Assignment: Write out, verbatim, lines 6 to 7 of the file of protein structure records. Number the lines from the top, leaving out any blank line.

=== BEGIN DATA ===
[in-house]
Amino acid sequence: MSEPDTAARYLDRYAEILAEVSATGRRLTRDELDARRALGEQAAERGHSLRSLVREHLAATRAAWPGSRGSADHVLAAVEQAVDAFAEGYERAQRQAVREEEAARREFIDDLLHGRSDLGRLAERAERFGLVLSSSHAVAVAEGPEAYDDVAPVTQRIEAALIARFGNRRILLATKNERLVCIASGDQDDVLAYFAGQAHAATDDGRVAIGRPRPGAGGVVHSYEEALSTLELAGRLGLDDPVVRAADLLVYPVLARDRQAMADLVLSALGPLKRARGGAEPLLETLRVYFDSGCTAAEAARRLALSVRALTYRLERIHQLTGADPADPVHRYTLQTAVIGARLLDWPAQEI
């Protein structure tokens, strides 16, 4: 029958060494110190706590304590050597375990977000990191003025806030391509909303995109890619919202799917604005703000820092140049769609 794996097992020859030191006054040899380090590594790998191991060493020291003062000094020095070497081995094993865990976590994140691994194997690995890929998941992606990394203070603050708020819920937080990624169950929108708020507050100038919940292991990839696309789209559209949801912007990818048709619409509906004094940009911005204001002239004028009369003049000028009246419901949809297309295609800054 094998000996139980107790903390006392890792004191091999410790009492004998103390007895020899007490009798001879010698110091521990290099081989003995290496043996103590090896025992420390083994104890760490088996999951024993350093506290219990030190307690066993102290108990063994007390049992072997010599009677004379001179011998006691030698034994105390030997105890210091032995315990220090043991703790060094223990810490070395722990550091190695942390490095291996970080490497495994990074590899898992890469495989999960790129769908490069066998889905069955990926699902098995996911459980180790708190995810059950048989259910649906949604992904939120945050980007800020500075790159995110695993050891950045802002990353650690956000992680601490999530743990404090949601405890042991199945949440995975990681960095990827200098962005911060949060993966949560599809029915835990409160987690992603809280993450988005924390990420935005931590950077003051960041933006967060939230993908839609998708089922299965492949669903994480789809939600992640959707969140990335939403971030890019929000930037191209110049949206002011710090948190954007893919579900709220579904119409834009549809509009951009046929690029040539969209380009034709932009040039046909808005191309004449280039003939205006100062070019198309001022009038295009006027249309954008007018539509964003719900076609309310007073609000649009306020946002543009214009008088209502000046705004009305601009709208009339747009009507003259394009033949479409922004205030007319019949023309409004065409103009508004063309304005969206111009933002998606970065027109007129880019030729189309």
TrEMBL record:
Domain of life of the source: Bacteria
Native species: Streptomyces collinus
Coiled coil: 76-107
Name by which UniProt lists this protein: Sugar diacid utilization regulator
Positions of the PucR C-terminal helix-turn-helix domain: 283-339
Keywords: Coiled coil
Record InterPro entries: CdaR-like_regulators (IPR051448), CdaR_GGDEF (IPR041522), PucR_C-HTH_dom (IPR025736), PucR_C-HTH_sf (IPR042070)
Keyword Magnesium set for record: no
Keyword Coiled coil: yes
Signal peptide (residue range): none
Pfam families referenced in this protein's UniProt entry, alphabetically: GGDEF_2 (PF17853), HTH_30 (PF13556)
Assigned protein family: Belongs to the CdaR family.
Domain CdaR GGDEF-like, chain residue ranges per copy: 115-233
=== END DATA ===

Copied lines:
Native species: Streptomyces collinus
Coiled coil: 76-107